It’s the end of the year of an old year and a beginning of a new one. After getting together with a bunch of gamers (both hardcore and casual), here’s our list for the “Top 10” games of 2009. The list is only in alphabetical order so don’t get feisty because Assassin’s Creed 2 is at the top and Uncharted 2 is at the bottom. The qualifications for a title to be part of this list was that it had to have had sales of at least 250 000 units in the Americas on at least one single system (according to sales website http://vgchartz.com) through Dec. 19, 2008. The reasoning for titles to be excluded under 250k in sales is that even that critics might love a game but if a game isn’t well received by the mass market, then it’s hard to call it a top game (which hurt a lot of Wii games since there were several people who voted for this list who wanted to vote for games like Silent Hill: Scattered Memories and Madworld). This list is about the Top 10 games that everyone enjoyed, not just the critics.
Like the list? Hate it? Leave a comment because no list is perfect and any discussion is welcome.
Assassin’s Creed 2 – Ubisoft (PS3, Xbox 360)
Rarely do video game companies actually take criticism well. The original Assassin’s Creed sold well but the sales weren’t attributed to high praise; most came from the advertising blitz Ubisoft unleashed upon the world. Many gamers did not know what they were getting themselves into. The gameplay was repetitive and, while it wasn’t bad, it could have been better. To Ubisoft’s credit, they could have easily thrown all the complaints into the garbage and gone back to counting all the money they made with the original game. They didn’t and every problem that plagued the original was addressed in this year’s sequel. Assassin’s Creed 2 took what many imagined the original should have been and made it a reality. Being a stealthy assassin was no longer a labourious task. Sure, there is still room to improve but while we’re waiting for the third game, we’re having a blast with this year’s version.
Batman: Arkham Asylum – Eidos & Warner Bros. (PC, PS3, Xbox 360)
Most beat-em-ups are fun games to play. It’s a hard genre to screw up. Coming out of this year’s E3, the jury was still out on Batman: Arkham Asylum. It was a Batman beat-em-up which we’ve already seen before. It didn’t help that there was already a pretty good comic brawler on the market with Marvel: Ultimate Alliance which had improved on the genre by offering RPG elements. Maybe it’s because E3 wasn’t exactly the best place to show off some of the features outside of brawling like the puzzles and the psychological elements, but people who wrote off the game after E3 were blown away when they got the final product in their hands. Much like the Christian Bale Batman movies, it feels as if the series has been refreshed.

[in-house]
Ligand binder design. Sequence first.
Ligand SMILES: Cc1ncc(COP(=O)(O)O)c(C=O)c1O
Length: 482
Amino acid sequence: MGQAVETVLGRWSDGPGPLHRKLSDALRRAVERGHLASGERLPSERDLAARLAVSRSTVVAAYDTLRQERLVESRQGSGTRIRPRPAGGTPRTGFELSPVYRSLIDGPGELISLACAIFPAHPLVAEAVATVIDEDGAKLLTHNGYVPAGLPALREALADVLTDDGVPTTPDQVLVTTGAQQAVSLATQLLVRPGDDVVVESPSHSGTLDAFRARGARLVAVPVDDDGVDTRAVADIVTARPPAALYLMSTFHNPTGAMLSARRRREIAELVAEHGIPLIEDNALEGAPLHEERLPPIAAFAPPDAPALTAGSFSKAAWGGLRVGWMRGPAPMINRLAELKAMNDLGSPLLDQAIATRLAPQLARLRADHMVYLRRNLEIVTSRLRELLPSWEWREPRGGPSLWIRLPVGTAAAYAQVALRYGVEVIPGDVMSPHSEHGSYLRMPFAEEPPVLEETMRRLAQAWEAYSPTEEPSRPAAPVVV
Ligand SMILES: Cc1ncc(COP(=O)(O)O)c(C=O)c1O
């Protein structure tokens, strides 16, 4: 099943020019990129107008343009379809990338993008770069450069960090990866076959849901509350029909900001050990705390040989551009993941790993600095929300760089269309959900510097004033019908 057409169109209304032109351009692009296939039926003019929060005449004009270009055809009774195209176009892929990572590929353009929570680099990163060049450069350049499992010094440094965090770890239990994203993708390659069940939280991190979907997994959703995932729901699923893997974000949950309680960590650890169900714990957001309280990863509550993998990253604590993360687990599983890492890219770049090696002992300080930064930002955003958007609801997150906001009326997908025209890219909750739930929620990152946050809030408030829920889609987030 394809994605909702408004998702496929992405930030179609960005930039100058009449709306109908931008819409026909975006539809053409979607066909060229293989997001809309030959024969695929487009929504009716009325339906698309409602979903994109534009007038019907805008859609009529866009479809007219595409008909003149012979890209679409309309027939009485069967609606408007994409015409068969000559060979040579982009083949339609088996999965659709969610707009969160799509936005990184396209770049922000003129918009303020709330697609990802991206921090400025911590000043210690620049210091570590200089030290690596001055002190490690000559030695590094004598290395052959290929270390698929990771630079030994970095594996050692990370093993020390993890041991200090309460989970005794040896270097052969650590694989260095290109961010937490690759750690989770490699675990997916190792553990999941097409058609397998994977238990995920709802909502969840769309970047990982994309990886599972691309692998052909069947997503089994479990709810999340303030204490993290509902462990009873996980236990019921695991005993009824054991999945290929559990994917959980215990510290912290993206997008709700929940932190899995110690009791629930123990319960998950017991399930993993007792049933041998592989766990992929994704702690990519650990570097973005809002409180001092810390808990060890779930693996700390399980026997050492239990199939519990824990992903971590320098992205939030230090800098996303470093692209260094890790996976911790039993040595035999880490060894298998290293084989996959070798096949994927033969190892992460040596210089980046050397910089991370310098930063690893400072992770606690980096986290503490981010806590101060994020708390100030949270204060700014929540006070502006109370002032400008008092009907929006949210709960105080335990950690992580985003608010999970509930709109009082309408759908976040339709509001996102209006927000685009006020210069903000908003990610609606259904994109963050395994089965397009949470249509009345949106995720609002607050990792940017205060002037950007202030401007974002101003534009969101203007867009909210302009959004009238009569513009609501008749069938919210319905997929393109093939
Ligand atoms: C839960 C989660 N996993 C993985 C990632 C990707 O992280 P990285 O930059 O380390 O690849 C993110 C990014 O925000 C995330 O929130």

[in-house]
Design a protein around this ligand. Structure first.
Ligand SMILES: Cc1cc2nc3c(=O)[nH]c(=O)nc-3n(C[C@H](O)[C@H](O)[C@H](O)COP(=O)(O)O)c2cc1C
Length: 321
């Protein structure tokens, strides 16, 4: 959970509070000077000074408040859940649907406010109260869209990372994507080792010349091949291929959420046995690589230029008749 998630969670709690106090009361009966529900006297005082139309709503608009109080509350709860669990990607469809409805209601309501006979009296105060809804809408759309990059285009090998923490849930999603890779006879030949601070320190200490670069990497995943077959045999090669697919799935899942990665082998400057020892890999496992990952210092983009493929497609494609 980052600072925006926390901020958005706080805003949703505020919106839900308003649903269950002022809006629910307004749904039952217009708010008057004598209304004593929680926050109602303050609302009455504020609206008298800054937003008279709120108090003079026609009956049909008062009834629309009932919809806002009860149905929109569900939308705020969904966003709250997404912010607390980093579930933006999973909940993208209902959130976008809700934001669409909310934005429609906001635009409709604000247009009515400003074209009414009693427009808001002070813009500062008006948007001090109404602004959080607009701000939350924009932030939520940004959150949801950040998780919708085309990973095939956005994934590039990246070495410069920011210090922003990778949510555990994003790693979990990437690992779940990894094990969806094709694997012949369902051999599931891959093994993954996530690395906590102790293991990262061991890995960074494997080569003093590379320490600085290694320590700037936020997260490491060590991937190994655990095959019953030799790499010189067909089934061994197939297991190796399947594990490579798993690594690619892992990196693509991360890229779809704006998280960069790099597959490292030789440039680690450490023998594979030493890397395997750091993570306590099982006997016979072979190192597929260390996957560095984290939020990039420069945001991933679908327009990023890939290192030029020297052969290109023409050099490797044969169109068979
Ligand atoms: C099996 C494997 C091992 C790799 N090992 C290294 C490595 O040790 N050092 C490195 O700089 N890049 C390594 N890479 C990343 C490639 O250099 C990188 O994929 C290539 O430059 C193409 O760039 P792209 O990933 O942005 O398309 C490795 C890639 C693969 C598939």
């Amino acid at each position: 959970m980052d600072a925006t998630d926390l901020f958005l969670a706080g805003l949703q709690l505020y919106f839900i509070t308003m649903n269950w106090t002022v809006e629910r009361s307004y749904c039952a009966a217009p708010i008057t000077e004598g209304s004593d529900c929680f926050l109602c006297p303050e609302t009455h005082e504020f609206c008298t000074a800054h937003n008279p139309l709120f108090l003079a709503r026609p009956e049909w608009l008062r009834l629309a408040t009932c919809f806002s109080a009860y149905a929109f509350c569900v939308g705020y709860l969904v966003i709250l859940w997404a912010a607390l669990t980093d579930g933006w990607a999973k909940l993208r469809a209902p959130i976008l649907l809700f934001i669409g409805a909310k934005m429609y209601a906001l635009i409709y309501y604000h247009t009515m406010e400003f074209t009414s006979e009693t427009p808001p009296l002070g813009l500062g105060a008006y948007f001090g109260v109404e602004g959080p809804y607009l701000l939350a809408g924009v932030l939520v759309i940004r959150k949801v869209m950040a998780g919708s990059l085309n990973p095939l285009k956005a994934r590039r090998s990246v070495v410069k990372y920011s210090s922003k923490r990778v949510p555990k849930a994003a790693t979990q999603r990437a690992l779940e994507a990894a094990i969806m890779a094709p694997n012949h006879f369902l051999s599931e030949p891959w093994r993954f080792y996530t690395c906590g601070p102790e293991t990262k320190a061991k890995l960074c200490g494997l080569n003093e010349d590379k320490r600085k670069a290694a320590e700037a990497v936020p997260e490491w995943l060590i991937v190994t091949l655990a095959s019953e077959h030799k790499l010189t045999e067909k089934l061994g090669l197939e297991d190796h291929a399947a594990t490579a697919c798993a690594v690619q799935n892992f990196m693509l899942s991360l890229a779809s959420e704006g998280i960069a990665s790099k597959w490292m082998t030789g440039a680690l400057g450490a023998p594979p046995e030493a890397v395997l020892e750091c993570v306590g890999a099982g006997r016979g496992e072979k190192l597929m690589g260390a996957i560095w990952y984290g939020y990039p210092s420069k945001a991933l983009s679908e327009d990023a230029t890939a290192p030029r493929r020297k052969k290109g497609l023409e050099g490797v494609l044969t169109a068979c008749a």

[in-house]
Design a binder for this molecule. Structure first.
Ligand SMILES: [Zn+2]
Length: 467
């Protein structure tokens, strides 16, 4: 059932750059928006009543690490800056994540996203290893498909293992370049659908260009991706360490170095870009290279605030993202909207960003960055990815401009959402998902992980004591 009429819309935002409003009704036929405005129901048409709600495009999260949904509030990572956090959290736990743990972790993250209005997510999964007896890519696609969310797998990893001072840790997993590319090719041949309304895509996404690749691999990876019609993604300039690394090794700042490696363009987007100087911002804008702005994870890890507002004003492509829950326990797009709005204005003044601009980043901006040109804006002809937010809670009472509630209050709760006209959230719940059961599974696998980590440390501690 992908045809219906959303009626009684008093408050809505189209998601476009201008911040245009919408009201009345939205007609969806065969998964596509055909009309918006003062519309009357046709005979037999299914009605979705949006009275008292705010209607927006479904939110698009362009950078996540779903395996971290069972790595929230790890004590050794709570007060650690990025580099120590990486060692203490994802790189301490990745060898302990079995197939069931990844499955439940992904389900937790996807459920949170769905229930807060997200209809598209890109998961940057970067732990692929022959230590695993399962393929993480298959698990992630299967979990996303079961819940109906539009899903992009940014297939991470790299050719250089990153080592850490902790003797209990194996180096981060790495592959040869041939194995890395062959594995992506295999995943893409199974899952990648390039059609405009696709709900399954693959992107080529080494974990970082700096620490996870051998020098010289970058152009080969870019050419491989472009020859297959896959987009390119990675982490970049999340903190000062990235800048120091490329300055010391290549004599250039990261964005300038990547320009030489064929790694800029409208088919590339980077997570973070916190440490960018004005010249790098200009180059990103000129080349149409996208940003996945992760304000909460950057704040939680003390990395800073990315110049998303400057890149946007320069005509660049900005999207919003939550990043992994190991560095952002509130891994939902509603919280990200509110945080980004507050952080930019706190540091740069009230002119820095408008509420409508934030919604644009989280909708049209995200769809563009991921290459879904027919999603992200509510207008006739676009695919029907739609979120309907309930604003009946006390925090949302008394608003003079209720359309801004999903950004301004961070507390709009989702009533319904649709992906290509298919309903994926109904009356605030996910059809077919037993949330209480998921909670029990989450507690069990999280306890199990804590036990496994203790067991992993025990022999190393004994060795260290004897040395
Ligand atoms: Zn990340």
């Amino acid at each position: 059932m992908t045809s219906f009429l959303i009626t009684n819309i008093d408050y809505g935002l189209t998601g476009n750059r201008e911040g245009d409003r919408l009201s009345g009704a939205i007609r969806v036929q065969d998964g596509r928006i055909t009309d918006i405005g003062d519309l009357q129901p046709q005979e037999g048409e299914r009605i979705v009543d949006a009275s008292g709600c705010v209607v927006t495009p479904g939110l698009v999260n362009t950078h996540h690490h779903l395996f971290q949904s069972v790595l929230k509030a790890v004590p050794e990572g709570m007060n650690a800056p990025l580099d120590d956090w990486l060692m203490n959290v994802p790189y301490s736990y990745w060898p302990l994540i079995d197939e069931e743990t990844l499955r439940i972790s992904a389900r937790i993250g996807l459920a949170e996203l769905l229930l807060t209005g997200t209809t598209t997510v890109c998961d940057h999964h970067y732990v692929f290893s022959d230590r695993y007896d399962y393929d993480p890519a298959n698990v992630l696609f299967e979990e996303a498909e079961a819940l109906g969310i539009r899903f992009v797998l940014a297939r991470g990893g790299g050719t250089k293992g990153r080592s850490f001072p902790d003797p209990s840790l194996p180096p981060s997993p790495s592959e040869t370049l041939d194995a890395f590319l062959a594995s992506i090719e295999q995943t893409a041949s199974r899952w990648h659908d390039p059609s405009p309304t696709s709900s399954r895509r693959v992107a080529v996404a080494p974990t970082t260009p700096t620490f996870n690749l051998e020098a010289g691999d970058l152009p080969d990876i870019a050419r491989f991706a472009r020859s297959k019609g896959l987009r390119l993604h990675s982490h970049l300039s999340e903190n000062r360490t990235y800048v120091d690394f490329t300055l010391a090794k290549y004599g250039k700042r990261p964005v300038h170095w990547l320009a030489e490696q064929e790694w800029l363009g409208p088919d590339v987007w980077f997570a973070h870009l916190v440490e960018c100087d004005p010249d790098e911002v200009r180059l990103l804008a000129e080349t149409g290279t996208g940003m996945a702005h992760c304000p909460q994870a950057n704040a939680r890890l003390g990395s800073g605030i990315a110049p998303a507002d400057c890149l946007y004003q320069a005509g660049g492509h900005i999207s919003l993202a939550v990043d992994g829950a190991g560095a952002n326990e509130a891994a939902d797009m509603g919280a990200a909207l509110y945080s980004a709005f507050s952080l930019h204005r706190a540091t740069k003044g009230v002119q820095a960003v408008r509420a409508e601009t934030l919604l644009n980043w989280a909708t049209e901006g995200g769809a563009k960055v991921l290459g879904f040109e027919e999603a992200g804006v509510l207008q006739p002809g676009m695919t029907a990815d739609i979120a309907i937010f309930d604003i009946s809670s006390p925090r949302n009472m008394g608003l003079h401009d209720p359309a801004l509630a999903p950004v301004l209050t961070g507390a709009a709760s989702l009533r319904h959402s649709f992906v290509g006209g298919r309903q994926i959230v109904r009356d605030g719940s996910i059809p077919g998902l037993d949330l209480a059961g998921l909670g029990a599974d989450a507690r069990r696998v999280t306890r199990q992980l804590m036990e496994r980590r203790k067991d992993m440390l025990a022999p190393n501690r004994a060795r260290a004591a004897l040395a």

Call of Duty: Modern Warfare 2 – Activision (PC, PS3, Xbox 360)
Here’s the problem with Modern Warfare 2; it really hasn’t improved all that much since the original game. The thing, though, is that the original Modern Warfare was so greatly superior to other FPS on the market that Activision could have released five Modern Warfare clones this year and they all probably would have made this list. The single-player campaign mode is very short but has a really engaging story and the controls are incredible. It’s one of the most immersive FPS games available. The real reason people buy the game is because of the stellar multi-player. New maps and tons of customizable options bring back players addicted to the first. Creativity and intense action bring in new players. Add all that up and you have one of the most popular multiplayer games for years to come.
Grand Theft Auto: Chinatown Wars – Rockstar (DS version)
Rockstar has been apprehensive about releasing games on the Nintendo platforms. It was a bit perplexing that Rockstar was planning on releasing a Grand Theft Auto game on the kid friendly, senior approved Nintendo DS. The series had met success with two PSP releases but the DS is vastly underpowered compared to the PSP. Rockstar had some clever tricks up their sleeve by bringing the series back to an overhead-perspective and offering cel-shaded graphics to give everything a graphic-novel look to it. It worked way better than most expected. The game also feels more complete than even some of the console games as some of the more senseless mini-games have been replaced by some interesting features such as a drug-trading game which is more fun than it should be and other side quests. The touch-screen elements are also creative and make the game feel more real as now the player is forced to hot-wire cars and disarm security systems instead of these things magically doing themselves (which is why the DS version is better than the PSP version that was released months afterwards). While the DS version did not sell millions of copies, it did sell well enough to make Rockstar money which means we can have hope that there will be a sequel.
InFamous – SCEA (PSP)